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At Home

A Short History of Private Life

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Description

From one of the most beloved authors of our  time—more than six million copies of his books have been sold in this country alone—a fascinating excursion into the history behind the place we call home.

“Houses aren’t refuges from history. They are where history ends up.”
 
Bill Bryson and his family live in a Victorian parsonage in a part of England where nothing of any great significance has happened since the Romans decamped. Yet one day, he began to consider how very little he knew about the ordinary things of life as he found it in that comfortable home. To remedy this, he formed the idea of journeying about his house from room to room to “write a history of the world without leaving home.” The bathroom provides the occasion for a history of hygiene; the bedroom, sex, death, and sleep; the kitchen, nutrition and the spice trade; and so on, as Bryson shows how each has fig­ured in the evolution of private life. Whatever happens in the world, he demonstrates, ends up in our house, in the paint and the pipes and the pillows and every item of furniture.

Bill Bryson has one of the liveliest, most inquisitive minds on the planet, and he is a master at turning the seemingly isolated or mundane fact into an occasion for the most diverting exposi­tion imaginable. His wit and sheer prose fluency make At Home one of the most entertaining books ever written about private life.

BONUS MATERIAL: This ebook edition includes an excerpt from Bill Bryson's One Summer. 

Publishers Weekly Review

Aug 09, 2010 – Bryson (A Short History of Everything) takes readers on a tour of his house, a rural English parsonage, and finds it crammed with 10,000 years of fascinating historical bric-a-brac. Each room becomes a starting point for a free-ranging discussion of rarely noticed but foundational aspects of social life. A visit to the kitchen prompts disquisitions on food adulteration and gluttony; a peek into the bedroom reveals nutty sex nostrums and the horrors of premodern surgery; in the study we find rats and locusts; a stop in the scullery illuminates the put-upon lives of servants. Bryson follows his inquisitiveness wherever it goes, from Darwinian evolution to the invention of the lawnmower, while savoring eccentric characters and untoward events (like Queen Elizabeth I's pilfering of a subject's silverware). There are many guilty pleasures, from Bryson's droll prose—"What really turned the Victorians to bathing, however, was the realization that it could be gloriously punishing"—to the many tantalizing glimpses behind closed doors at aristocratic English country houses. In demonstrating how everything we take for granted, from comfortable furniture to smoke-free air, went from unimaginable luxury to humdrum routine, Bryson shows us how odd and improbable our own lives really are.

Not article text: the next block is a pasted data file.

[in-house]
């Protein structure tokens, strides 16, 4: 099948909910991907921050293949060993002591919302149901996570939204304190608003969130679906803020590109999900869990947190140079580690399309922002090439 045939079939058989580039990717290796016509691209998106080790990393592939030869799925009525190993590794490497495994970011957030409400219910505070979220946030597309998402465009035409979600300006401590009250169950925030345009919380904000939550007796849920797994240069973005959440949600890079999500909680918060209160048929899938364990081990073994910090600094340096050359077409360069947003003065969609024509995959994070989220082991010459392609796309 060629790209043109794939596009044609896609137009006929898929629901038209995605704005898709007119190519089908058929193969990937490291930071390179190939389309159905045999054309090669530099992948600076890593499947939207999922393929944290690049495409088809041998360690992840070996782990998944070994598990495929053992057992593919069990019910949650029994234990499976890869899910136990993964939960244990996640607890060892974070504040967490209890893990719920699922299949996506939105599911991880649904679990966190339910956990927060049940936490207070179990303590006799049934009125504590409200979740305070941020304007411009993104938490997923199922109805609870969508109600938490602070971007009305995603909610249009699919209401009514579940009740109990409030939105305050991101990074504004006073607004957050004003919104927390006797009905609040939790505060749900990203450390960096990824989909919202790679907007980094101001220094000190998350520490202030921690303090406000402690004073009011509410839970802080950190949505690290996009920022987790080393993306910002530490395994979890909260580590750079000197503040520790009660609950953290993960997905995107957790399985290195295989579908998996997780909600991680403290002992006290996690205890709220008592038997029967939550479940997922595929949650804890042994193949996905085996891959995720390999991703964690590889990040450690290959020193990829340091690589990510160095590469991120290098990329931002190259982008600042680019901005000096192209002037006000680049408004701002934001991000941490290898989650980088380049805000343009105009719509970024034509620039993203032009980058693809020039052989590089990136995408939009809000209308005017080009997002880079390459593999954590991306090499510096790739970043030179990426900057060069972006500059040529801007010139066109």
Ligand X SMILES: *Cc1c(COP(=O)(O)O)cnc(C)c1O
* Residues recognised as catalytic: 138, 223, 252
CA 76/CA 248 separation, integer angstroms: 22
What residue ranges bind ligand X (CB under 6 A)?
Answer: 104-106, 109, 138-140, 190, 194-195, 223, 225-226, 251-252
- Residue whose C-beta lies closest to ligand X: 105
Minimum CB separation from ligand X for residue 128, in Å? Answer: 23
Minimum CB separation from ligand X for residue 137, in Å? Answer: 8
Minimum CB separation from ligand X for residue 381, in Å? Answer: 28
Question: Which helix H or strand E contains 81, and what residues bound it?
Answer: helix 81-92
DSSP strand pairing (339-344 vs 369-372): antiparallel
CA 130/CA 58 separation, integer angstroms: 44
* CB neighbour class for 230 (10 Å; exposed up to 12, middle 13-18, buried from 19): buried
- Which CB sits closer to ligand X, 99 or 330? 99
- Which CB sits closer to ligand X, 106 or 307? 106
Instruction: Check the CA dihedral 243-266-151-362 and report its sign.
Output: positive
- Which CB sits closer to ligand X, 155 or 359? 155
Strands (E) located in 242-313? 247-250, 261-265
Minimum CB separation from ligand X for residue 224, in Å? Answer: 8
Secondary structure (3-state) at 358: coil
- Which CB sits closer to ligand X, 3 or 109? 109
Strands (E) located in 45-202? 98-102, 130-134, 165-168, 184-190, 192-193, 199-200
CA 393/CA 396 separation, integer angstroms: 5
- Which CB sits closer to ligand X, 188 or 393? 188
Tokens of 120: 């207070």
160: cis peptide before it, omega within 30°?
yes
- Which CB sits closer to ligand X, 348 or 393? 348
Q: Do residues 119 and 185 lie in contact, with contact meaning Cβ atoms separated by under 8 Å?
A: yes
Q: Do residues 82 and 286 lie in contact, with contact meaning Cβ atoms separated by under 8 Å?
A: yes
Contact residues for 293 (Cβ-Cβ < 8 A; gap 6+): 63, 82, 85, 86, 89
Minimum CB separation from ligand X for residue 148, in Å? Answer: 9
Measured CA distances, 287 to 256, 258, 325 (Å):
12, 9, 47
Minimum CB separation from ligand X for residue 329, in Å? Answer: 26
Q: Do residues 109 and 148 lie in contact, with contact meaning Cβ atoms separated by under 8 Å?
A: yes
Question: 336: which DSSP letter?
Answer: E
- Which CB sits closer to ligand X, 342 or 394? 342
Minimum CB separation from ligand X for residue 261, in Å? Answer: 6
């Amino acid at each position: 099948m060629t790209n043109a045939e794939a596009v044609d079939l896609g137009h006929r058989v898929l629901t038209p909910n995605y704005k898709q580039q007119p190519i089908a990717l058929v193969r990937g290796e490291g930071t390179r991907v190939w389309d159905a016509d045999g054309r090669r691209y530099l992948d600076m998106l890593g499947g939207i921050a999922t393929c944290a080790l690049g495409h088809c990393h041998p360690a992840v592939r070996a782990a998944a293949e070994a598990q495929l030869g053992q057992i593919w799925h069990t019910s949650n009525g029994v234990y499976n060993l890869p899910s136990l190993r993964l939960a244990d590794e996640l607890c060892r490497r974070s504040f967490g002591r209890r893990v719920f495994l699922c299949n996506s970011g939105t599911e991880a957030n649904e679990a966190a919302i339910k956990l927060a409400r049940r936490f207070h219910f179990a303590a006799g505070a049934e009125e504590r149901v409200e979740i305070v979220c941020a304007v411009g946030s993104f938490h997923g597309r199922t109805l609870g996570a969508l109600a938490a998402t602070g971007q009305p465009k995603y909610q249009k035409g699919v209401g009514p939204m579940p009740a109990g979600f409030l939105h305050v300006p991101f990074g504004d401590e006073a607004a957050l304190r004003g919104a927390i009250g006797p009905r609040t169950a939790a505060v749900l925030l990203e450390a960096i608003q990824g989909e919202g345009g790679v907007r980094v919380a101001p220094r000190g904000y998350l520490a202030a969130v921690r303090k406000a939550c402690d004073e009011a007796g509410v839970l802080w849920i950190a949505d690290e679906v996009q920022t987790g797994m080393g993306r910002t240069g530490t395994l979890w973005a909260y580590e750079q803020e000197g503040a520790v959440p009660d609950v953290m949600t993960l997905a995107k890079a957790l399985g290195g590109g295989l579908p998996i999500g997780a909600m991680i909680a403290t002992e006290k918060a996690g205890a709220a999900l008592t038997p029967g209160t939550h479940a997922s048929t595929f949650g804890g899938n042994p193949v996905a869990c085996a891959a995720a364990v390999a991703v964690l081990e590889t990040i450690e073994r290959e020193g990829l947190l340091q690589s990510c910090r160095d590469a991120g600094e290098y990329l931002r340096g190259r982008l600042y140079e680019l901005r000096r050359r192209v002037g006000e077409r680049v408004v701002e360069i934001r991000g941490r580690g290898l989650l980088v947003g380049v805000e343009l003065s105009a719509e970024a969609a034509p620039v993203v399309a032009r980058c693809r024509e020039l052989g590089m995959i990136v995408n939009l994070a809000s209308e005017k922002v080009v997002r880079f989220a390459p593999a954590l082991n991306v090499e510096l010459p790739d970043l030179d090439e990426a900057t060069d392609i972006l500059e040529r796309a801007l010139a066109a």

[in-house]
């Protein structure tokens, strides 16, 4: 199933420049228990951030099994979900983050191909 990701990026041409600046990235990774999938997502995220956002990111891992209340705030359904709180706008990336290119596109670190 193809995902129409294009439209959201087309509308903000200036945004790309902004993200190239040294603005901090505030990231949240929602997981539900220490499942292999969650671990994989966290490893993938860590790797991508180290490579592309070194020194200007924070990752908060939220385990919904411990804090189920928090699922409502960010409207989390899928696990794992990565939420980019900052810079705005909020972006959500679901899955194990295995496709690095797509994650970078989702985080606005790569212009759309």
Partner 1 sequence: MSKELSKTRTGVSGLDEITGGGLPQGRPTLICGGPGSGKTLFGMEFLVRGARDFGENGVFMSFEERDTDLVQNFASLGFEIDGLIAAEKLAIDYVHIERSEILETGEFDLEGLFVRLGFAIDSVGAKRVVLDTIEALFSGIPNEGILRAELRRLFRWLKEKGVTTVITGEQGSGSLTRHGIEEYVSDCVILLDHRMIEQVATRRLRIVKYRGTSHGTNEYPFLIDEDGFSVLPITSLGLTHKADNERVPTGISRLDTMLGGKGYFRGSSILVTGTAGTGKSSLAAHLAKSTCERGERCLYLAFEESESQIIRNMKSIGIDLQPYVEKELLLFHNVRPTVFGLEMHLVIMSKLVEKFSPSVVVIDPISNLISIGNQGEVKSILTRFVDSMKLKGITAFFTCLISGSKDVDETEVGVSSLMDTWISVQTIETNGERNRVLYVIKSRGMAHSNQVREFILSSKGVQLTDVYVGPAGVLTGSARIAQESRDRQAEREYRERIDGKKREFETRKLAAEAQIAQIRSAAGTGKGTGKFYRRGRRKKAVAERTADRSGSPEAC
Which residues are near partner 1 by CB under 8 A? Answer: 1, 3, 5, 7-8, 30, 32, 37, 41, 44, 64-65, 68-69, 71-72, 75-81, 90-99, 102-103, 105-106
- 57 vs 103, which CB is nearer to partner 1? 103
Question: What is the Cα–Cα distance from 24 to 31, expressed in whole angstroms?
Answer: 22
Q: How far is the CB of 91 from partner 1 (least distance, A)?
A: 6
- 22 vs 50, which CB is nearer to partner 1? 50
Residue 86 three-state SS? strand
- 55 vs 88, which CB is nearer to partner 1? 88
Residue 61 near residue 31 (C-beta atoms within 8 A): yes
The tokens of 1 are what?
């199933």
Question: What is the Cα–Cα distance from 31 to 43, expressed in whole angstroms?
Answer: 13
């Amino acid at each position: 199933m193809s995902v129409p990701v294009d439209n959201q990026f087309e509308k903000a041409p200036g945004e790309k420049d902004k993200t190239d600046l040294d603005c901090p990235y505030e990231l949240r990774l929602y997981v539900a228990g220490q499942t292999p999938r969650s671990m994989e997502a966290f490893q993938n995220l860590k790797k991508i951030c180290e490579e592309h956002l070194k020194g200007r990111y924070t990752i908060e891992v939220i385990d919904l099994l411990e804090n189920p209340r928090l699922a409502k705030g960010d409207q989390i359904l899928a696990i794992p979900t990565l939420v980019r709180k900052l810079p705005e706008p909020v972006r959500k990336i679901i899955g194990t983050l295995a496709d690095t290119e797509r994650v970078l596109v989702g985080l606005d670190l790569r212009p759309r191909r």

Customer Reviews

Loved it

If you enjoyed "A short history of nearly everything" you'll want to read this.

Astonishing

I could spend my whole life trying to compile this much information in a book.... but even if I did, it wouldn't be nearly as engrossing, fun, or thoughtful. At worst, it's an expansive history book, and at it's best it's pure Bryson brilliance.

Loved it.

Humorous, well-written, and informative. I really couldn't put it down. It's a great read if you love knowing where our cultural quirks come from, and the origins/history of our surroundings.

At Home
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  • $12.99
  • Available on iPhone, iPad, iPod touch, and Mac.
  • Category: Art & Architecture
  • Published: Oct 05, 2010
  • Publisher: Knopf Doubleday Publishing Group
  • Seller: Random House, LLC
  • Print Length: 592 Pages
  • Language: English
  • Requirements: To view this book, you must have an iOS device with iBooks 1.3.1 or later and iOS 4.3.3 or later, or a Mac with iBooks 1.0 or later and OS X 10.9 or later.

Customer Ratings